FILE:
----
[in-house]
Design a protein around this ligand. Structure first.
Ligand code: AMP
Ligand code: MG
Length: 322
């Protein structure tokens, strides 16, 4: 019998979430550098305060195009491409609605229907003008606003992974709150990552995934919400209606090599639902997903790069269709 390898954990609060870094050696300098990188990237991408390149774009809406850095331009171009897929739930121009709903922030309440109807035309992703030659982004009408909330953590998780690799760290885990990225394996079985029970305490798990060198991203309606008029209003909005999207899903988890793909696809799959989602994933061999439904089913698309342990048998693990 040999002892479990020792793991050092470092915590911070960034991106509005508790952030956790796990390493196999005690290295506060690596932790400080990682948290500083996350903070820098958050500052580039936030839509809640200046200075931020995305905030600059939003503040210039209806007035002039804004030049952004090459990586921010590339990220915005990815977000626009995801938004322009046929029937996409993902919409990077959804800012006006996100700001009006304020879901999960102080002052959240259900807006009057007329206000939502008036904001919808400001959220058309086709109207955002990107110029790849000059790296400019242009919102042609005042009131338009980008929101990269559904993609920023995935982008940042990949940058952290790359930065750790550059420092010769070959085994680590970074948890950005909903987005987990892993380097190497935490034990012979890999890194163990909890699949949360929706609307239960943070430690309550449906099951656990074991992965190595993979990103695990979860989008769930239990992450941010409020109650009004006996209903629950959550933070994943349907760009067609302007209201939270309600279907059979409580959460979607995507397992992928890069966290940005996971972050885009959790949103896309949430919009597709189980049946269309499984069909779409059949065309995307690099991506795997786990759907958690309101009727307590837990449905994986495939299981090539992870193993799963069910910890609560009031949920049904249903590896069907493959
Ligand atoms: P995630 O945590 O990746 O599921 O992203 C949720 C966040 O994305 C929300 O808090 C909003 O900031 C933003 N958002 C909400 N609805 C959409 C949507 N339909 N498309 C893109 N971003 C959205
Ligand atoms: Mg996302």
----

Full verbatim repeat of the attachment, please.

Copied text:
[in-house]
Design a protein around this ligand. Structure first.
Ligand code: AMP
Ligand code: MG
Length: 322
């Protein structure tokens, strides 16, 4: 019998979430550098305060195009491409609605229907003008606003992974709150990552995934919400209606090599639902997903790069269709 390898954990609060870094050696300098990188990237991408390149774009809406850095331009171009897929739930121009709903922030309440109807035309992703030659982004009408909330953590998780690799760290885990990225394996079985029970305490798990060198991203309606008029209003909005999207899903988890793909696809799959989602994933061999439904089913698309342990048998693990 040999002892479990020792793991050092470092915590911070960034991106509005508790952030956790796990390493196999005690290295506060690596932790400080990682948290500083996350903070820098958050500052580039936030839509809640200046200075931020995305905030600059939003503040210039209806007035002039804004030049952004090459990586921010590339990220915005990815977000626009995801938004322009046929029937996409993902919409990077959804800012006006996100700001009006304020879901999960102080002052959240259900807006009057007329206000939502008036904001919808400001959220058309086709109207955002990107110029790849000059790296400019242009919102042609005042009131338009980008929101990269559904993609920023995935982008940042990949940058952290790359930065750790550059420092010769070959085994680590970074948890950005909903987005987990892993380097190497935490034990012979890999890194163990909890699949949360929706609307239960943070430690309550449906099951656990074991992965190595993979990103695990979860989008769930239990992450941010409020109650009004006996209903629950959550933070994943349907760009067609302007209201939270309600279907059979409580959460979607995507397992992928890069966290940005996971972050885009959790949103896309949430919009597709189980049946269309499984069909779409059949065309995307690099991506795997786990759907958690309101009727307590837990449905994986495939299981090539992870193993799963069910910890609560009031949920049904249903590896069907493959
Ligand atoms: P995630 O945590 O990746 O599921 O992203 C949720 C966040 O994305 C929300 O808090 C909003 O900031 C933003 N958002 C909400 N609805 C959409 C949507 N339909 N498309 C893109 N971003 C959205
Ligand atoms: Mg996302």